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Oh. Hang on. That's not right.

I mean Venturi...

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with some other bits..

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Looks like this inside...

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I made a little stainless catch can with shelves and stainless scrubbers - for scrubbing out any oil mist. It has a drain plug which is easy to get to.

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Painted it black so it hides better (not exactly a pretty thing)

It, along with the filter and filter mount plus associated tubing all resides at the back of the engine bay, luckily out of sight because its all a bit messy. I tried my best without getting too carried away. Its tight in there!..

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The two main plugs plus the wideband plug are tucked up nearby..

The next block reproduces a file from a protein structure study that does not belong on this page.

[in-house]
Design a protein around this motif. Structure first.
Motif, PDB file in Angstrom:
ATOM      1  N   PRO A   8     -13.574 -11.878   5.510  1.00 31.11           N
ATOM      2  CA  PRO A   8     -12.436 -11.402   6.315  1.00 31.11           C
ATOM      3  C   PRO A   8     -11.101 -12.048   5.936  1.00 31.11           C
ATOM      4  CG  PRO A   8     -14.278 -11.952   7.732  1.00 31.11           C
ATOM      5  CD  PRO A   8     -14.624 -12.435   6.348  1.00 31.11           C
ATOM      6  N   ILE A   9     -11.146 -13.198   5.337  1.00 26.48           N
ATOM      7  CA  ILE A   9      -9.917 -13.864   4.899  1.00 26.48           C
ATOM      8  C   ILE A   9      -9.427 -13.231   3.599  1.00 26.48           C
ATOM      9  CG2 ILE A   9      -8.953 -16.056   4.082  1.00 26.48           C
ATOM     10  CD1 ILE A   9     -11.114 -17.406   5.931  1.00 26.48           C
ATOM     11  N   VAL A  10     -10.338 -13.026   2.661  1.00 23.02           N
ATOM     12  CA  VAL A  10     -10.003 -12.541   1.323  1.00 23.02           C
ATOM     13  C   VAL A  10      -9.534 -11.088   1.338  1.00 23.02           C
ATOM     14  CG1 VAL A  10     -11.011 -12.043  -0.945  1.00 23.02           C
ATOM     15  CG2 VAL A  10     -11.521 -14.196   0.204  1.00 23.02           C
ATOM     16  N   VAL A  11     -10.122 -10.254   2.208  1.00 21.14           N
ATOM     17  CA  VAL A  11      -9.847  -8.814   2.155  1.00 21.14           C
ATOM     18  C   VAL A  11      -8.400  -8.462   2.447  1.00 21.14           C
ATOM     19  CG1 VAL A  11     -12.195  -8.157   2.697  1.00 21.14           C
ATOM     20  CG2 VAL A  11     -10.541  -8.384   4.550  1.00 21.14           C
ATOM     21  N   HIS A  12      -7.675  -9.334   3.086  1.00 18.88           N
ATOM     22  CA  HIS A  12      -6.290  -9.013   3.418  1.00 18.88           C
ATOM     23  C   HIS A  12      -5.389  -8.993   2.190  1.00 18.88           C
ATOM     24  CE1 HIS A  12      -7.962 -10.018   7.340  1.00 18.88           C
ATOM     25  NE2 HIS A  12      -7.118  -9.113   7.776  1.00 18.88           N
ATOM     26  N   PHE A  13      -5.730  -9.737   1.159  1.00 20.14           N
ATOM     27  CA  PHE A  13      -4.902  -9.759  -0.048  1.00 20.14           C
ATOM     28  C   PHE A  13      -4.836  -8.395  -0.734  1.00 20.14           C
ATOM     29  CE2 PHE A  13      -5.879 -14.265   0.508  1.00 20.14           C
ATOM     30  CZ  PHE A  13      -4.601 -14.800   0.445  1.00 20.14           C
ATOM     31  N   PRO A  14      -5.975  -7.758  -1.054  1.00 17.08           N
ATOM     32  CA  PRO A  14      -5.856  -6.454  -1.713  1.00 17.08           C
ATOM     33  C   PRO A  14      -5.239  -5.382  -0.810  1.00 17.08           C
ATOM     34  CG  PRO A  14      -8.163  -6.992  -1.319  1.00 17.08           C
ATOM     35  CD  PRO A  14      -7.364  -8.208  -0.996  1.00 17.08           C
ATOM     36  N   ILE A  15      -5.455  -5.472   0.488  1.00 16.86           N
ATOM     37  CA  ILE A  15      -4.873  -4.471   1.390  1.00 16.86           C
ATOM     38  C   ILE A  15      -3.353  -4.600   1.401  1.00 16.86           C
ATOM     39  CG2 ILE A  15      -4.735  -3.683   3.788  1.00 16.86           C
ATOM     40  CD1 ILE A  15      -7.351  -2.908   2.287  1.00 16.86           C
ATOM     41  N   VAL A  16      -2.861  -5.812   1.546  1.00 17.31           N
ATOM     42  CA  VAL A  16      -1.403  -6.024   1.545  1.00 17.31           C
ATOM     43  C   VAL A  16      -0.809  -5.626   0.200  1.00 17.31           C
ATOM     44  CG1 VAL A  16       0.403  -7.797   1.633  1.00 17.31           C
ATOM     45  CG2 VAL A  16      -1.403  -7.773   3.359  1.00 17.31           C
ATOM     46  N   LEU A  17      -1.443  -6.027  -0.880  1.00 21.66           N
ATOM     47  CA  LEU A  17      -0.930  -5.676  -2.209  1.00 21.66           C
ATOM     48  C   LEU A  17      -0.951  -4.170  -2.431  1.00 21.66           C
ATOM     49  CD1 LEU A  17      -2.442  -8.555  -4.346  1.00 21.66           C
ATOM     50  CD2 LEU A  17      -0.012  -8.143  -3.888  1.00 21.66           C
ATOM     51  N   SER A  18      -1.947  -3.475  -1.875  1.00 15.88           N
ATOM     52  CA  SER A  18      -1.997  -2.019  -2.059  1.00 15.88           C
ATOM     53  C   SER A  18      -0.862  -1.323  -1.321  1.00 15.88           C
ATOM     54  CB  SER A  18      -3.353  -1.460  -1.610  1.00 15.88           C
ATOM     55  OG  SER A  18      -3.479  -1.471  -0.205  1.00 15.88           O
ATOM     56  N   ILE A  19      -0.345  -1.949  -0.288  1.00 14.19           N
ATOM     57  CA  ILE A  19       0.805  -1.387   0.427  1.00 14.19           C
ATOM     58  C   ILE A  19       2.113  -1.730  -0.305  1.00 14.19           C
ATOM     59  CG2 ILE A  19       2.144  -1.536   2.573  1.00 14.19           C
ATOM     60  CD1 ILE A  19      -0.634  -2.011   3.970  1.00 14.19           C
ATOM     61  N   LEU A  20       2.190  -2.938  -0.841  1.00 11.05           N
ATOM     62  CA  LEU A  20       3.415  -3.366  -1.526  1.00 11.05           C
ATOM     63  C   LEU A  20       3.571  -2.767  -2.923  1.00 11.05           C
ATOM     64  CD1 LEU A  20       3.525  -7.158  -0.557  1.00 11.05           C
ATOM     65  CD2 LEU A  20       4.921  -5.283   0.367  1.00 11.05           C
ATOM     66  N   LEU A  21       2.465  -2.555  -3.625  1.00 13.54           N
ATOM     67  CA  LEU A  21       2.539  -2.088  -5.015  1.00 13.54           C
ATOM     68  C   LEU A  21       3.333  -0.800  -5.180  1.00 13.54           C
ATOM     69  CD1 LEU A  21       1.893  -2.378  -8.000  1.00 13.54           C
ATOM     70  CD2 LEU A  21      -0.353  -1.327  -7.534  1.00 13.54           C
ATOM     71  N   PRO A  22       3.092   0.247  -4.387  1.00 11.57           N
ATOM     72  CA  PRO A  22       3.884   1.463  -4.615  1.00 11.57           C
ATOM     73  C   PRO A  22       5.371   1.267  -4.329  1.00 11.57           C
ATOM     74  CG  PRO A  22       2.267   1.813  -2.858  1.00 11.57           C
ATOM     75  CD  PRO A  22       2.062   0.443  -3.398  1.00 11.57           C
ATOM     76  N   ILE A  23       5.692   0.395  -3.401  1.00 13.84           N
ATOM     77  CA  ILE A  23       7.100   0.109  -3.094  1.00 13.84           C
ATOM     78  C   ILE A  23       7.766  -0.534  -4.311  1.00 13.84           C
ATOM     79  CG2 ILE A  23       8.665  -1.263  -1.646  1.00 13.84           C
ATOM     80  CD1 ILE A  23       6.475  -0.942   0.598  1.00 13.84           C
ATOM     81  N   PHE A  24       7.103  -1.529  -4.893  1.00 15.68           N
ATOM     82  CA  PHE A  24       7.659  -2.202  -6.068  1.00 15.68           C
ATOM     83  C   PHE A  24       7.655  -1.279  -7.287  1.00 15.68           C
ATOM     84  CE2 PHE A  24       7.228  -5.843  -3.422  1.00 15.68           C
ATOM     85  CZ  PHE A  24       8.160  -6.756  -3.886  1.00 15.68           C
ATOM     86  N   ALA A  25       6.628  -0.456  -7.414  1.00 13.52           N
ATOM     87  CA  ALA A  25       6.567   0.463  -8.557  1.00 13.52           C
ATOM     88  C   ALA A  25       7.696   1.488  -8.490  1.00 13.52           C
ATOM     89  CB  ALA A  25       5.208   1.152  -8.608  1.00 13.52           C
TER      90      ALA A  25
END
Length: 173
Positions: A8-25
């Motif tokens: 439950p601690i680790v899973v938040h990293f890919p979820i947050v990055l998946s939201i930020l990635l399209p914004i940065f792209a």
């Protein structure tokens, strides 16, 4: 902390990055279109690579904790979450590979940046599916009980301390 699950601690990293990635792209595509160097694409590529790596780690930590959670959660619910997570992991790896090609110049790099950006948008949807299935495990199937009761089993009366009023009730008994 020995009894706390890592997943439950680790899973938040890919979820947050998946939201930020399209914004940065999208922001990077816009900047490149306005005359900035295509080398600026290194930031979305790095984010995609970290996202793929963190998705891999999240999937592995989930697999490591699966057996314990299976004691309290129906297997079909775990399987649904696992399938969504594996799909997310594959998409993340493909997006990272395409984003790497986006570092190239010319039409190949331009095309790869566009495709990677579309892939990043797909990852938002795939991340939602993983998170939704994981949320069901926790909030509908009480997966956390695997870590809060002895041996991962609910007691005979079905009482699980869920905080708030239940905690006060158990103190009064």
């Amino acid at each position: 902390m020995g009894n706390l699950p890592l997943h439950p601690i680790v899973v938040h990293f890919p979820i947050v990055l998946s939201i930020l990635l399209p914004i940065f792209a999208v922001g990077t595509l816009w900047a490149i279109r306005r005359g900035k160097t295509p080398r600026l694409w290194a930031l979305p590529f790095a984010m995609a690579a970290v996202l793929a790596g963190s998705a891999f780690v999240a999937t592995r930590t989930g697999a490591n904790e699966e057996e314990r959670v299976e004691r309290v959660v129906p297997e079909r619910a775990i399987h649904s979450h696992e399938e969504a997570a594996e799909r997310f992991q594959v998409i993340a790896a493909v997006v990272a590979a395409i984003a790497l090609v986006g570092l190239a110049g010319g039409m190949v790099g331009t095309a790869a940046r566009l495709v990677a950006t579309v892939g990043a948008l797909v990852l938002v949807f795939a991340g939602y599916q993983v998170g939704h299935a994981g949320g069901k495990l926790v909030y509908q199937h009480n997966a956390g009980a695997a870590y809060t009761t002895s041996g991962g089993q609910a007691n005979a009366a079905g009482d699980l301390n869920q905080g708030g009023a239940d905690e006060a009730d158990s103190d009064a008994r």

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Also nicked the oil pressure sensor from the Datsun engine and fitted it in place...

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Lifted the big folder into place and bent some steel sheet ...

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...to cover the hole that normally has a Datsun cylinder head poking through it...

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Used rivnuts so now it simply bolts down in place.

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I'll glue foam on top so it'll match the rest of the parcel shelf. I'll eventually cover that with an easily removable carpet mat. Its super handy having this access hatch. As for the underside - that will get painted blue for now and I'll be looking into some sort of cover that simply screws in place, possibly with a covering like vinyl or something. Maybe use pop studs to hold it in place. Just something neat and uniform that will hide the hole.I'm still thinking on this one.